Wikipedia pioneer was swept up by the idea of free information
Timo Jyrinki is an administrator on the popular Internet encyclopaedia
Click for Wikipedia Finland
Click for Wikipedia
By Marko Hämäläinen
Sitting at the keyboard, with a coffee cup nestling comfortably in one hand, Timo Jyrinki types the word näköaisti into the Search box on the Finnish Wikipedia site and clicks "Siirry" ("Go").
A short entry on the subject of visual perception appears on the screen, in Finnish. A picture of the anatomy of the human eye complements the rather terse text.
"Huh, pretty thin on the ground, this entry. I suppose at some stage I could add a bit more information to the article, as I've been reading quite a bit about the other human senses", says Jyrinki, and he clicks over to the same page in English.
A much more detailed article is to be found here.
Jyrinki is one of the Finnish pioneers of the web-based free-content encyclopaedia known as Wikipedia.
A "wiki" is the name given to a website that allows users to add, remove, or otherwise edit and change available content. Wikipedia was launched in English in 2001, and now exists in more than 200 language versions. Finnish joined the list in 2002.
These days the Finnish-language Wikipedia (fi.wikipedia.org) has tens of thousands of regular users, but just three years ago the pages were the province of a handful of local netizens with a leaning for the technical and a lot of time on their hands. Their volunteer work got the necessary technology up to speed and saw to the publication of the first articles.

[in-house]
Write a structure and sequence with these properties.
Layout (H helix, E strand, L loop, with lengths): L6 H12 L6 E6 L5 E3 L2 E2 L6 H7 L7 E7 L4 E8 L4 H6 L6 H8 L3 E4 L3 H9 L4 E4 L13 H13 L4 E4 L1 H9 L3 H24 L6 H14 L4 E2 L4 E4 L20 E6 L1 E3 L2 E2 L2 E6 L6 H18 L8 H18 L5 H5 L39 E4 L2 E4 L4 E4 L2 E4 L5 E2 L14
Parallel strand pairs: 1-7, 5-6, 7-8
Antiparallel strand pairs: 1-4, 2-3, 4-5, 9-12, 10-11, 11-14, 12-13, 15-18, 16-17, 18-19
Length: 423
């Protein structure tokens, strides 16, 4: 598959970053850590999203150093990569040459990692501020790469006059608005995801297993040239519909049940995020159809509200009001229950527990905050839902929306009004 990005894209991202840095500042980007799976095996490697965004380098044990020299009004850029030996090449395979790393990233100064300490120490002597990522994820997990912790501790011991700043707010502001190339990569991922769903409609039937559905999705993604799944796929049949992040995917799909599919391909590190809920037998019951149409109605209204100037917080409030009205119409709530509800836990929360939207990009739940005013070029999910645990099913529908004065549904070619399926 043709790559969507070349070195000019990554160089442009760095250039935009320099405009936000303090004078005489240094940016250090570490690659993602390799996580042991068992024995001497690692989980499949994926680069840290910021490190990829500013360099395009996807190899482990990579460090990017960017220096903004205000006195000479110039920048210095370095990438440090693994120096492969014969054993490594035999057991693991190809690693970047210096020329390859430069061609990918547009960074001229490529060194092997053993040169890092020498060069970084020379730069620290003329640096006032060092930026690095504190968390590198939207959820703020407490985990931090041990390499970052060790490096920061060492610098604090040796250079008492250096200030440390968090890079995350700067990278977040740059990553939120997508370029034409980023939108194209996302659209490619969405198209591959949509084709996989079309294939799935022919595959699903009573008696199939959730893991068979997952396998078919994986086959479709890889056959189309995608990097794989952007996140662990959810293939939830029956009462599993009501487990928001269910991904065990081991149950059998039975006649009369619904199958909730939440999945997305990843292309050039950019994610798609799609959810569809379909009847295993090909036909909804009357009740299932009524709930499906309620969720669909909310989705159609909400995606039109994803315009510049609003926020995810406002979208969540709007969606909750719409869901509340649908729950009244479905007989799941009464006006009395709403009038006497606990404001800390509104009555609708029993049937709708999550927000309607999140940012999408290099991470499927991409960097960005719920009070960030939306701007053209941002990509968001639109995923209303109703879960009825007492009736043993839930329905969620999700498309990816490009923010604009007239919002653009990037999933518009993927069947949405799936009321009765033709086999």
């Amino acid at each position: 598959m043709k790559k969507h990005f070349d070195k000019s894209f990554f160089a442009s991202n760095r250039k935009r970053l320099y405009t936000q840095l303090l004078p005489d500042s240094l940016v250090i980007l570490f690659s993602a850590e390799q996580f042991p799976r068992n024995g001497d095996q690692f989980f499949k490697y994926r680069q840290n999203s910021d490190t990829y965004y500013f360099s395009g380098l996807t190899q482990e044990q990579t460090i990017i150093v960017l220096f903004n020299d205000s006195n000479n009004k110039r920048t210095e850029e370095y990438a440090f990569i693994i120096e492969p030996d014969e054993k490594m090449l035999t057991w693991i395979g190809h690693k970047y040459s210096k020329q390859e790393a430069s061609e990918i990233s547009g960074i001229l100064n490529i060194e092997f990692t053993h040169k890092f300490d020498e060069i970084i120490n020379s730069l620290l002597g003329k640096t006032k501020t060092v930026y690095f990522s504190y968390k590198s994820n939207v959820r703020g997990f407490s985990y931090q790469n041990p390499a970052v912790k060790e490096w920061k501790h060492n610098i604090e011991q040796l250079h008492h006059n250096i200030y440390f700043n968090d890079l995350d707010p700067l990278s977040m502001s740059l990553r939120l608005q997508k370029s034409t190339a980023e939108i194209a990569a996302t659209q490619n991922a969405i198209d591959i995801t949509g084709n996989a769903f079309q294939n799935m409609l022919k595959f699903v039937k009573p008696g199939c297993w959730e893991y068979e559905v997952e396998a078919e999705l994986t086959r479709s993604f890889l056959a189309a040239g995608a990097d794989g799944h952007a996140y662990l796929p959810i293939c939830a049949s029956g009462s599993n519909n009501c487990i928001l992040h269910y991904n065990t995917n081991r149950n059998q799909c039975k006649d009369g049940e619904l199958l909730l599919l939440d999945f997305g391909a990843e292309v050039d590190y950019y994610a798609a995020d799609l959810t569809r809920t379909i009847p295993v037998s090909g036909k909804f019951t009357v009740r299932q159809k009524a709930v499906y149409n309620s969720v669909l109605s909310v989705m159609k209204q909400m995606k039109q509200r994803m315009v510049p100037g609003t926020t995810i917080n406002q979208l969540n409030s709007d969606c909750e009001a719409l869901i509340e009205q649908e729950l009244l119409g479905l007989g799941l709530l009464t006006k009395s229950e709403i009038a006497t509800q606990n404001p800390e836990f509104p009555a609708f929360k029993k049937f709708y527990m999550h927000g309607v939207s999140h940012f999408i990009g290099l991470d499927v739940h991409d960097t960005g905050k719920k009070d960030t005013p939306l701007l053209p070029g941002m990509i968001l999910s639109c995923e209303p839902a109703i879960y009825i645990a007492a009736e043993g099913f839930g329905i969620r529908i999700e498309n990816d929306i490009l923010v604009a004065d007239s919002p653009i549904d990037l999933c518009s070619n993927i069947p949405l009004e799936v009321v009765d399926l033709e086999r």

In the early days it was all pretty modest and primitive: a few odd pages, some dates, and the thrilling information that Helsinki was the Finnish capital.
"It must have looked ridiculous. The writers were pretty geeky, and all the early articles had a technical bent. Things really only took off properly in 2004, when we broke through the barrier of ten thousand separate articles", recalls Jyrinki.
Timo Jyrinki got interested in coding already at the age of seven. Ever since, he has been more or less attached to the keyboard.
At the time of this interview, too, there are a pair of computers whirring away in the living room of his apartment in a Helsinki suburb. When Jyrinki is asked about his background, he almost automatically punches up his home page. If the question is about where he works, up come the pages for an IT firm called Nomovok, specialising in Open Source solutions.
Is the graduate engineer working at his PC a total nerd, a sworn defender of all things technical?
Jyrinki grins broadly.
"No, no, I'm interested in more human-related stuff as well. When I began my studies, I resolved I wouldn't go near the IT department. Otherwise life would have been too much of the same thing", says Jyrinki, whose M.Sc. is in communications engineering, with a major in cognitive technology.
What drew Jyrinki to Wikipedia was the free-content aspect. Anyone can go and edit or add information on the pages, for instance updating the article written about a sportsman with news of his latest medal or personal best performance.